Factory Life / Julie D'Aubioul

Factory Life / Julie D'Aubioul - Image 2 of 24Factory Life / Julie D'Aubioul - ClosetFactory Life / Julie D'Aubioul - ShelvingFactory Life / Julie D'Aubioul - Table, Shelving, ChairFactory Life / Julie D'Aubioul - More Images+ 19


The building envelope ≠ the insulation envelope : the interspace between these two shells is ‘covered outdoor’ space.

The interspace allows/obliges inhabitants to use the space differently each season.

Factory Life / Julie D'Aubioul - Image 24 of 24

In summer and spring the interspace is occupied as living space (covered from rain) and in winter there’s only the ‘cocoon’ that needs to be heated.

The covered outdoor space also allows a flexible use in time which is a way of sustainable living / building.

Factory Life / Julie D'Aubioul - Beam
© Tim Van de Velde

Units can be added, removed or repositioned to create a different constellation and use of space.


The covered outdoor space allows the use of materials and building details in a way that wouldn’t be possible outdoors in all weather conditions.

Factory Life / Julie D'Aubioul - Beam
© Tim Van de Velde

In a ‘normal’ building the façade and roof must protect inside space from precipitation and at the same time insulate outdoor versus indoor. This implies a certain way of detailing the construction.

In the case of working in this covered space this is not the case, which makes construction details very interesting and unconventional.

Factory Life / Julie D'Aubioul - Image 23 of 24
Floor Plan

We (my boyfriend and I) divided the factory of 800 m2 in two parts:

-  one side is where we construct our house.

-  the other side is workshop.

It is inside the workshop that we made the living units as a temporary living space meanwhile we are building our final house. The idea was to make a livable space but meanwhile not having to determinate to much and narrowing our possibilities for any future use of the workshop.

Factory Life / Julie D'Aubioul - Bed, Chair, Beam, Bedroom
© Tim Van de Velde

The light in the mobile units comes through the polycarbonate plates on the top. There are no windows in the walls so that when you close the door of the unit you appear to be in a cocoon. Possibly not inside the factory… (This was a psychological advantage because when you worked all day on het final house you want to relax without having to see it all the time…)

On the contrary office that I made in the workshop is definite and very open.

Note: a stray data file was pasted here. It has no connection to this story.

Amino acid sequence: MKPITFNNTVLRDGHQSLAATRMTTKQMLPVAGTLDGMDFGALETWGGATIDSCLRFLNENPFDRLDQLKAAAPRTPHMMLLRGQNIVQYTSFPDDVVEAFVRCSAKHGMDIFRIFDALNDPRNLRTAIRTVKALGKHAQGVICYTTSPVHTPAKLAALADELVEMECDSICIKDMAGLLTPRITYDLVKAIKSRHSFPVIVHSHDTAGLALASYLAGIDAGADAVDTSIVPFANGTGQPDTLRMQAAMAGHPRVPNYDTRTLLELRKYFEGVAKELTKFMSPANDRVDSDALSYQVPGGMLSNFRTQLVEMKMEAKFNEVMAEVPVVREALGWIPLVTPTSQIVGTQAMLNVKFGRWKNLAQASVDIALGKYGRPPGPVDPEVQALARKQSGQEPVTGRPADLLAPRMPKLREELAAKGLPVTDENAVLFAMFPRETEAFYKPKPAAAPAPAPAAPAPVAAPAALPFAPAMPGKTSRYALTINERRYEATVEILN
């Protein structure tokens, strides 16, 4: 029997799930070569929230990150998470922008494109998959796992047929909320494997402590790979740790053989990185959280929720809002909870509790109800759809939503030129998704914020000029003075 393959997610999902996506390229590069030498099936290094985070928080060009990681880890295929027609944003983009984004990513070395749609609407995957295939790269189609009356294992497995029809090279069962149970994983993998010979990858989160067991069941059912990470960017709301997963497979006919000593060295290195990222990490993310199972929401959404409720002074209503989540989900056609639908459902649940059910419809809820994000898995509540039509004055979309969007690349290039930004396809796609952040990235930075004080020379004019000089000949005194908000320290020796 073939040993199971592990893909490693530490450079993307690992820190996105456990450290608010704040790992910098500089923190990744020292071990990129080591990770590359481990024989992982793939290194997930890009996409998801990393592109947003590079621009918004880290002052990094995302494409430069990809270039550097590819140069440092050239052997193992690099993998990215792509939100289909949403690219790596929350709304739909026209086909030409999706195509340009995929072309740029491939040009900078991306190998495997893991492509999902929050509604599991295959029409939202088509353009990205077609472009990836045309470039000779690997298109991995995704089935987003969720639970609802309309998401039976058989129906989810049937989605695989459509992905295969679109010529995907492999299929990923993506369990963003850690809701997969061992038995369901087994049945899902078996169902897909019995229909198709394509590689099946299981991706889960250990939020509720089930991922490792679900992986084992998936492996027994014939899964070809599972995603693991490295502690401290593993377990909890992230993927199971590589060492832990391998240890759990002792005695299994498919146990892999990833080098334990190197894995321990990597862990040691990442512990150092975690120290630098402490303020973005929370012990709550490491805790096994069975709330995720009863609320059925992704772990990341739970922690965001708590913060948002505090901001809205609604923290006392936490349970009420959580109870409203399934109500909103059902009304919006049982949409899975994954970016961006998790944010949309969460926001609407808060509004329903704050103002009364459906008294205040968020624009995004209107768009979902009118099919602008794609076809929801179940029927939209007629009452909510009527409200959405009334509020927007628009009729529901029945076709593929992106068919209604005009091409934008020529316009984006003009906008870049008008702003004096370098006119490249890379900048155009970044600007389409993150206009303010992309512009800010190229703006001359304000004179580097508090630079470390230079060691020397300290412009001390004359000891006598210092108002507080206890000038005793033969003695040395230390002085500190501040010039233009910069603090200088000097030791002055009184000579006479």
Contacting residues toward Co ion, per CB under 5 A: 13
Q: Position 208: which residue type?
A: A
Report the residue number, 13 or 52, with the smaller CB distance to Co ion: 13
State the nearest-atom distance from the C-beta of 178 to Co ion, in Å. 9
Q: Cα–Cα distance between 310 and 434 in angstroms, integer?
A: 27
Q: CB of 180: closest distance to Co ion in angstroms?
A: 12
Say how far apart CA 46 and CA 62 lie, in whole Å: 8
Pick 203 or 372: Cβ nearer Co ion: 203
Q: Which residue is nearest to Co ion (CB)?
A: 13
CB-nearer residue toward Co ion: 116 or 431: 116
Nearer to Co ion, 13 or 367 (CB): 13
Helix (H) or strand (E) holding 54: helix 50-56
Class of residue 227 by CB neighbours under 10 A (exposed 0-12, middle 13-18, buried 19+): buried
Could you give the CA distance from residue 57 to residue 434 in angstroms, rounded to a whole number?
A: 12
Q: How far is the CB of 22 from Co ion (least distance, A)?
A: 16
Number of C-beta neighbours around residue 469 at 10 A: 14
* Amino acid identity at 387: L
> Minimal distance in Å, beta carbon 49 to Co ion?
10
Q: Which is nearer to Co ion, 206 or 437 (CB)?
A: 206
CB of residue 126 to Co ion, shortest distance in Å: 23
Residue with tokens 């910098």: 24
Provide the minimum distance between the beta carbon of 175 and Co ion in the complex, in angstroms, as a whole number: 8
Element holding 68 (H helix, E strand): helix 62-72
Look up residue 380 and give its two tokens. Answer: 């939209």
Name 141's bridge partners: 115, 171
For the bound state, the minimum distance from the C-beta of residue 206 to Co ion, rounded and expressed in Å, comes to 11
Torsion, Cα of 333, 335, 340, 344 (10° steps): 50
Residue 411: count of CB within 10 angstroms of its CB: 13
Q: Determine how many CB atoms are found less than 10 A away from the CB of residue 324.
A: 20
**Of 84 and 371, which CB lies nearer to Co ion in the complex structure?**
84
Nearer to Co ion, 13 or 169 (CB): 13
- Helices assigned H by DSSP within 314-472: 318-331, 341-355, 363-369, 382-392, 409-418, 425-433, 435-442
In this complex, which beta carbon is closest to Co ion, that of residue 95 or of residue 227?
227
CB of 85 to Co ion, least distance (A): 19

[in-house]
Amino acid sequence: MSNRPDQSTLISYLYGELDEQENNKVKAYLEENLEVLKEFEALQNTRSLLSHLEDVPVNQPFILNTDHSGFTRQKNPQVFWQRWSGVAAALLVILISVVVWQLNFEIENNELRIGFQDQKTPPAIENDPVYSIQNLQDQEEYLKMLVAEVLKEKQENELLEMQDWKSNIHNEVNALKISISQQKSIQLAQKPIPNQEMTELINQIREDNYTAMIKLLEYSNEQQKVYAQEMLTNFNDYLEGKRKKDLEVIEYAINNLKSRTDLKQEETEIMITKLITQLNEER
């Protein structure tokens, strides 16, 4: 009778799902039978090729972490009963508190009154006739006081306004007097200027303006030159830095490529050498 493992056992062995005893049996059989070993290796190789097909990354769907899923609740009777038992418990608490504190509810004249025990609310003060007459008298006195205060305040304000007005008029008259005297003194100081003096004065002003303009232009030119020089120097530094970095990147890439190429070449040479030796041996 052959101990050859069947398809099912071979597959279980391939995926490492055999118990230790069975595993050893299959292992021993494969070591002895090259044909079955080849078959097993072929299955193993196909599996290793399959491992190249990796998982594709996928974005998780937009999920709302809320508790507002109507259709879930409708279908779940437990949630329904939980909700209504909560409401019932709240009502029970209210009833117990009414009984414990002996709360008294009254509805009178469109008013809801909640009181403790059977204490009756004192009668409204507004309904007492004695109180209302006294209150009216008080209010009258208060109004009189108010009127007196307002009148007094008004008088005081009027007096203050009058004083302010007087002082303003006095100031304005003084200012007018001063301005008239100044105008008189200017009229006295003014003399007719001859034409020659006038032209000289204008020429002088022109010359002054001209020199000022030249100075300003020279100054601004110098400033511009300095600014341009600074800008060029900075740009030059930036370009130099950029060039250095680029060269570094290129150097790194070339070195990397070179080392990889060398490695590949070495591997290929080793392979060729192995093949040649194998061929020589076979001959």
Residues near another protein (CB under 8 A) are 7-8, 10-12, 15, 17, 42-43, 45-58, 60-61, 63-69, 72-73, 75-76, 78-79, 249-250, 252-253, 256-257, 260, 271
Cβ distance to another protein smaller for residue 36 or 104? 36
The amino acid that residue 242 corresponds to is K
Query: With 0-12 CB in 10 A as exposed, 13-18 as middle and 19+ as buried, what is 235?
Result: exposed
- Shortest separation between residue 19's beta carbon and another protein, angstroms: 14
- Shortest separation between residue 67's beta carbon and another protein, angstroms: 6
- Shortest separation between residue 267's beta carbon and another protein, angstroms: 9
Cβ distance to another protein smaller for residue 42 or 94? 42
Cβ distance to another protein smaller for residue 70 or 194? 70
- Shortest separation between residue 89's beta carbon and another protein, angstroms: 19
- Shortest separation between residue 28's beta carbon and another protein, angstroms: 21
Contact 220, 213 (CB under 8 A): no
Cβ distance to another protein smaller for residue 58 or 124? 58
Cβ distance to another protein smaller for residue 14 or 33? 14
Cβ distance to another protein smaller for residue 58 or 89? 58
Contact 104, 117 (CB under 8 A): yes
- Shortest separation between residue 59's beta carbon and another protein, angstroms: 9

Possibly I will make some additions to it in the future inside the workshop when my architecture office expands.

Factory Life / Julie D'Aubioul - Shelving, Beam
© Tim Van de Velde


My boyfriend and I are the inhabitants.

His specific demand for a workshop (to work on motorbikes, cars, etc. as a secondary activity) and my request for an architecture office space have been determinative in our search for a premises.

We are both very interested in (old) industrial architecture.

Factory Life / Julie D'Aubioul - Windows, Beam
© Tim Van de Velde

Our choice of constructing our final house ourselves (long term and phased project) resulted in the fact that we needed a temporary house.

At the end of 2011, my office was the first thing that we added to the building. In May 2012 we moved to the temporary house.

The roofs and exterior walls were (some still are) in really bad shape when we bought the building. The walls have a lot of ‘rising humidity’ and some were almost falling apart.

Factory Life / Julie D'Aubioul - Image 21 of 24
© Tim Van de Velde

That is a reason why we chose to make living units that stand alone, loose / independently from the exterior walls and roof. This way the exterior walls become ‘garden walls’ and the newly added spaces can have the comfort/convenience of a new modern space.

This allows us to phase the execution of the whole project.


In 2010 we were able to buy the building and the lot at the value of the patch.

Factory Life / Julie D'Aubioul - Beam
© Tim Van de Velde

In the eyes of the seller/ previous owner the building did not have any value. He even didn’t want to show us the inside because he thought it wasn’t relevant. It had to be demolished anyway!

My boyfriend an I immediately fell in love with the cast iron columns and the shed roofs with their northern rooflights. The building dates from 1880 and was the oldest building that made part of a textile factory that employed about 2000 people. Nowadays a lot of beautiful other buildings of the factory are demolished.

It was already clear to us, the first time we visited the space, that we would work with the existing space and characteristics.